How to handle a ‘whack-a-mole’ worker

As soon as “Martin” passed his probationary period, he began missing deadlines. When you asked him “what happened?” he gave you a logical explanation, but one that threw two long-term employees under the bus.

Next, he began sending you and his peers suggestions for systems that needed to change. Although two of Martin’s ideas had merit, each would have required substantial time to implement and you let him know that you wanted him to use the existing systems until he gained more familiarity with them. He then let you and others know he’d hoped for a more “progressive” organization when he’d accepted his position.

A month later, Martin met with you and outlined why he deserved a raise — particularly given he’d now completed your company’s full training program. Along with his request, he presented you a sheaf of information from sites that calculate average salaries. “We didn’t train you so you could ask for a raise,” you replied. “We trained you so you’d earn what we’re already paying you.”

During the next week, two other members of your team met with you to petition for raises, and you learned Martin had helpfully provided them documentation to plead their cases. As you turned down each of these requests, you worried: Would their disappointment lead them to begin cruising online job listings?

You called your manager and asked to meet with him to discuss Martin. That’s when you learned Martin had met with your boss, and outlined what he saw as deficiencies in your supervisory practices. You’re not perfect, so some of what Martin said rang true to both you and your boss. Two weeks later you and your boss agreed to terminate Martin. However, you’re still recovering from the damage done to your reputation as a supervisor and your team’s morale.

You’ve just encountered the whack-a-mole employee, an otherwise talented employee who creates problems in multiple ways. If you’re unlucky enough to have hired one, here are a few things you need to know.

Thrive on chaos

Whack-a-moles thrive on chaos, because it gives them latitude to perform or not, as they wish. These recreational antagonists particularly enjoy placing their supervisor on the hot seat and then sitting back and watching their supervisor squirm. To them, relentless critiquing is a game, and they’re delighted when their supervisor engages in an attempt to meet their needs.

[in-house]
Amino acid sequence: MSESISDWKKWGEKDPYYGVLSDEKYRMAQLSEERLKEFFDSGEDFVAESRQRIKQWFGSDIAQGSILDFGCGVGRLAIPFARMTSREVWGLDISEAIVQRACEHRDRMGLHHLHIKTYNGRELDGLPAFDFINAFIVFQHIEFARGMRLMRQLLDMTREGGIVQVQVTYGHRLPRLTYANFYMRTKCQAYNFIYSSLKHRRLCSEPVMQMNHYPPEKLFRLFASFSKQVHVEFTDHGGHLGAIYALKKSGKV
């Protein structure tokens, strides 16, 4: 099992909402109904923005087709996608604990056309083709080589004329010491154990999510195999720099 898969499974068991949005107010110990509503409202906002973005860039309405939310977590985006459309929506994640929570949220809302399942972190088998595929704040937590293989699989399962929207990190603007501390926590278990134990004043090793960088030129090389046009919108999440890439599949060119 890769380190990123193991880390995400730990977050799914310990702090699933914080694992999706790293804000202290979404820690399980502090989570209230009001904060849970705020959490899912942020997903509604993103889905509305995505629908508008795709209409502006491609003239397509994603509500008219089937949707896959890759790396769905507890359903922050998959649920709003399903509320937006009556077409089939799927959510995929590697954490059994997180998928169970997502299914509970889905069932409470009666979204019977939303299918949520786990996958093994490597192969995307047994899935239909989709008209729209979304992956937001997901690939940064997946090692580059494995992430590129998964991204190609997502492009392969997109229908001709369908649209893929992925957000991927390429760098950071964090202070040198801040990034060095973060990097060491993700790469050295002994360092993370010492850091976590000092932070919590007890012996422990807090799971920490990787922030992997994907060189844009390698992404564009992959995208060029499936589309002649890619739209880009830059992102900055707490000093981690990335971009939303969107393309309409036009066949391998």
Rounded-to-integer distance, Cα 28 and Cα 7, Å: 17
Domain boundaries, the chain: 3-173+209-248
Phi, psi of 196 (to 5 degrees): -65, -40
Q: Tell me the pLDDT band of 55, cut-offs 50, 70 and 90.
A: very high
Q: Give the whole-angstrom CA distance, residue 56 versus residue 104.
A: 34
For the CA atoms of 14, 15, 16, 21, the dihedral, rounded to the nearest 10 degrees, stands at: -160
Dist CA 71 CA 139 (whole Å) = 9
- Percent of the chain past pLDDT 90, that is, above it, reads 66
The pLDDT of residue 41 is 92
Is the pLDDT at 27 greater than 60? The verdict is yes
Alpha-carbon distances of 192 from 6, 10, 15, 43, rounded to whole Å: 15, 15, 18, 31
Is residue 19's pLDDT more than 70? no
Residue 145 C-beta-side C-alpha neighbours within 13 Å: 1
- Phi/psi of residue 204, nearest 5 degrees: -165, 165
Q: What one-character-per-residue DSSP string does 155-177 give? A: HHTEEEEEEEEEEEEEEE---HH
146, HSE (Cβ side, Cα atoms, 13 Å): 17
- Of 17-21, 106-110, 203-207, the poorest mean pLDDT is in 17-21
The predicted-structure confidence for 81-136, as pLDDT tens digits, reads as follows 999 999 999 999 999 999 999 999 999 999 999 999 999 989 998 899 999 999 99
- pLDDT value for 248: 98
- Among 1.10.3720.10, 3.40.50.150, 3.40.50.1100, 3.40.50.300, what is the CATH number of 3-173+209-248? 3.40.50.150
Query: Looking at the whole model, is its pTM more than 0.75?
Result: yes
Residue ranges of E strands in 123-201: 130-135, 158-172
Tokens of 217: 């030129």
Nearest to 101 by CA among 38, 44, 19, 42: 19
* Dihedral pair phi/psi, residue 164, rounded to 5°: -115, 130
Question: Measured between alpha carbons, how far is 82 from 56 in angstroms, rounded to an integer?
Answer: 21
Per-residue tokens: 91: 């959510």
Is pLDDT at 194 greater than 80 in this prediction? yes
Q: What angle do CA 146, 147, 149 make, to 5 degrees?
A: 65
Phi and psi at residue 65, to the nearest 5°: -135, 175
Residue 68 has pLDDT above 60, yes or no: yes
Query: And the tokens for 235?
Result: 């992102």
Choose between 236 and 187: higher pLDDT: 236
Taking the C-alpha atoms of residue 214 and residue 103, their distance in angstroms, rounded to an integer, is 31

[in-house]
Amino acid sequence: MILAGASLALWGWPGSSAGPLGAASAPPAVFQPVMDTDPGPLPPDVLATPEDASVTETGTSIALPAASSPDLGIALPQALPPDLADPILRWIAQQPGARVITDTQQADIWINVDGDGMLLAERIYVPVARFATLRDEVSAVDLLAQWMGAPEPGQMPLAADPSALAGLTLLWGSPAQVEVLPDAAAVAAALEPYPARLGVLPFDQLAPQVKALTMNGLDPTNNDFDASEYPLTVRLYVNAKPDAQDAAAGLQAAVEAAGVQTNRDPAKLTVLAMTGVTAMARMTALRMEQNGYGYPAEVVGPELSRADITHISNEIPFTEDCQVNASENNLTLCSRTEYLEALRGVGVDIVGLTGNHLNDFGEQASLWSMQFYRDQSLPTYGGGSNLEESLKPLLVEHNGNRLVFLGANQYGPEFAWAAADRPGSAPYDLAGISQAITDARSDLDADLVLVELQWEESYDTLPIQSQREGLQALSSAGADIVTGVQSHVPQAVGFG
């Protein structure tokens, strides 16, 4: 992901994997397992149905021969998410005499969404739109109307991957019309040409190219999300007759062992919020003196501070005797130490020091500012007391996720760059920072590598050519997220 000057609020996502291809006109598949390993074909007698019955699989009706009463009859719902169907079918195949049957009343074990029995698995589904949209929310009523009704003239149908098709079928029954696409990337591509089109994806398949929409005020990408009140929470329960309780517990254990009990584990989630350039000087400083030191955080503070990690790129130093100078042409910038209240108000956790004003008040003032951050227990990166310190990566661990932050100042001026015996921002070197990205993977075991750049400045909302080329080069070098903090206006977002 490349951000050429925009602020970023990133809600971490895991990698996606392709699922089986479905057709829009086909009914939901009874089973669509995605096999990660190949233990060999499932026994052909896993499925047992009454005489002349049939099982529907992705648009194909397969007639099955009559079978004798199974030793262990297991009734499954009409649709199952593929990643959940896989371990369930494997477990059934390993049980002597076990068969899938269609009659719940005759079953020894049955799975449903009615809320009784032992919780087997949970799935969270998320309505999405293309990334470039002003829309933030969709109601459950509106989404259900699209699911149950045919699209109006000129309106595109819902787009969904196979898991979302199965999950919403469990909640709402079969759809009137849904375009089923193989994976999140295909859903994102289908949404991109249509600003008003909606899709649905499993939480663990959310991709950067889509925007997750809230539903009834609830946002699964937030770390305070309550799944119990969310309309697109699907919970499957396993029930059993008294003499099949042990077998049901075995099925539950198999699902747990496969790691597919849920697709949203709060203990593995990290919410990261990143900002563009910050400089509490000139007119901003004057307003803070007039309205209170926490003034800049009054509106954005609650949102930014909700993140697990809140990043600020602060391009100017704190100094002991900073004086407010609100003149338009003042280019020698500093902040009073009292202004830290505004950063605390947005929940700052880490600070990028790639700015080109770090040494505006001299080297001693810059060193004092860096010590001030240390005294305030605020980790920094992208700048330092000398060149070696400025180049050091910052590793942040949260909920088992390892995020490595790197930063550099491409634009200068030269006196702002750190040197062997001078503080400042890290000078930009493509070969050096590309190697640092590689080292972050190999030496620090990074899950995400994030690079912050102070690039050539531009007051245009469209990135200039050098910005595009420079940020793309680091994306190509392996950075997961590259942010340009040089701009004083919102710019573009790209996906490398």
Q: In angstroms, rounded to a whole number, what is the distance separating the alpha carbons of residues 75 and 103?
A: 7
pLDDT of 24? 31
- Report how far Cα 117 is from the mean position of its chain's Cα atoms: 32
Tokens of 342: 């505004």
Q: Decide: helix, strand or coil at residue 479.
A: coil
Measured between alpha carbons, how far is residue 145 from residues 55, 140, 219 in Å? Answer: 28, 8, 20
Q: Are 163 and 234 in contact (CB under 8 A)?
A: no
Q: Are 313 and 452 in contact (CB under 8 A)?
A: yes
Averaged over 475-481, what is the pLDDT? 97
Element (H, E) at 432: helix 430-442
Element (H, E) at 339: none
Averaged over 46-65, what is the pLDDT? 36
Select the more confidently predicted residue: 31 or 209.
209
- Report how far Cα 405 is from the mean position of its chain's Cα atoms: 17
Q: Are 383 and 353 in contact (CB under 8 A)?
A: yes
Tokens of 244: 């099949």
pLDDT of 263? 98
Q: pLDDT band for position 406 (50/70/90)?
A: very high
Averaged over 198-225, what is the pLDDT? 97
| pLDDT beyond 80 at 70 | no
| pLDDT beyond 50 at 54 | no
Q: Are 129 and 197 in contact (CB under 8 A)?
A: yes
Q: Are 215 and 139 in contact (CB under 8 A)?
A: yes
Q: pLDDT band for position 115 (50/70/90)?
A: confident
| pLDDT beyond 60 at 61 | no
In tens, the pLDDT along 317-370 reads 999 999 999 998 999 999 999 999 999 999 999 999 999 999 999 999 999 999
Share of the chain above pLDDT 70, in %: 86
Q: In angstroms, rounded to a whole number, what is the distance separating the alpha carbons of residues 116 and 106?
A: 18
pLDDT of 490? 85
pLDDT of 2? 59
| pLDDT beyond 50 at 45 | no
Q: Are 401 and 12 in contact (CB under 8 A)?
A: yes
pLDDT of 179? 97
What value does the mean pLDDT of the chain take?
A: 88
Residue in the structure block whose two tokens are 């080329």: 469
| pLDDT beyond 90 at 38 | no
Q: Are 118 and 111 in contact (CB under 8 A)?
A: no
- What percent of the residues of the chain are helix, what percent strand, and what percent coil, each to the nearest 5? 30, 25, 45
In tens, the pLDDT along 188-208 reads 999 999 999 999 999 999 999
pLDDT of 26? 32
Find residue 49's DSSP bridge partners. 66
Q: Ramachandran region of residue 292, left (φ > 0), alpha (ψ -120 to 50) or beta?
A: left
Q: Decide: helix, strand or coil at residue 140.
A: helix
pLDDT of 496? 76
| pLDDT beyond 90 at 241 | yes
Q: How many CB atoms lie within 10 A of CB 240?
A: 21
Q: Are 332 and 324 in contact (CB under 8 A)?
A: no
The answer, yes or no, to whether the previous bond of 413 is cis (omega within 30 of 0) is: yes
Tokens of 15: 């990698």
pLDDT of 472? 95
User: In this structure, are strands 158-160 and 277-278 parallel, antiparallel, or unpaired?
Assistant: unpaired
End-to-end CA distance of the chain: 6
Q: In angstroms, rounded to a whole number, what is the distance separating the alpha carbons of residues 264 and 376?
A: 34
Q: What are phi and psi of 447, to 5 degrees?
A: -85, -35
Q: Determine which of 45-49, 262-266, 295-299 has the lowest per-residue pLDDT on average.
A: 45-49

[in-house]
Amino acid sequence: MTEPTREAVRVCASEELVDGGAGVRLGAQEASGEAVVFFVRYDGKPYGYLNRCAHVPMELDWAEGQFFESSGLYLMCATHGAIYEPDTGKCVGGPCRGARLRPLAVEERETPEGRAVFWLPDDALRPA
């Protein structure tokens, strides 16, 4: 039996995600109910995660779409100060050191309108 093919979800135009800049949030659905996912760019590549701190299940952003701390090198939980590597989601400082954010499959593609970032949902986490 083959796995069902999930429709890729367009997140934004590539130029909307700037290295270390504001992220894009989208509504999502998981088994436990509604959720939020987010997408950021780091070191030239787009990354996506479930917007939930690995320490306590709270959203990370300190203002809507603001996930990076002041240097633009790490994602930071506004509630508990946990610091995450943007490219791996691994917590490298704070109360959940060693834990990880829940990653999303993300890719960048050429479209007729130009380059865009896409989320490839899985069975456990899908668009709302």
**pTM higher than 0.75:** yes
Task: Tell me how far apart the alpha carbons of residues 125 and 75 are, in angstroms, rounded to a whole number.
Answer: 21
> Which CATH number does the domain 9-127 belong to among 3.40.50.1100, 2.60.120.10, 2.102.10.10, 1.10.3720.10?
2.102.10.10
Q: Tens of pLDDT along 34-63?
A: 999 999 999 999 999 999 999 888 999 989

Insane need to be me

Whack-a-moles have a “need to be me” and acknowledged as a “star” or smarter than others, and thus spend time and effort critiquing the organizational systems that others take for granted. Workplace consultant Jennifer Yuhas suggests corralling whack-a-moles by establishing a clear chain of command so their suggestions can’t disrupt your full workforce: “You can’t let a whack-a-mole turn this into a game where they exert control — and they will try.”


Jealousy eats many whack-a-moles alive from the inside out. If you supervise a whack-a-mole, realize that they long to throw you under the tank, because they want your position in the organizational structure

If you hire a whack-a-mole, you won’t escape unscathed, so don’t let one slip through your screening process. “I didn’t pay enough attention to what his past employer was really saying,” said Martin’s supervisor. “When Martin’s reference said, ‘I hope he finds a job where he’s happy,’ I thought that meant his past employer had Martin’s best interests at heart. Now I realize what he meant.”

Surviving the whack-a-mole

The ultimate in high-maintenance employees, whack-a-moles wear out their immediate supervisor, sometimes leading that supervisor to resign or make career-killing mistakes. Supervisors who recognize the problem, however, survive. Further, says workplace consultant Richard Birdsall, “you need to remember you’re here and your whack-a-mole isn’t. Even better, your whack-a-mole identified key areas where you can improve, and thus served as your ‘free’ coach.”

© Dr. Lynne Curry is author of ”Beating the Workplace Bully” and ”Solutions” as well as Regional Director of Training and Business Consulting for The Growth Company, an Avitus Group Company. Follow her on Twitter @lynnecury10 or at

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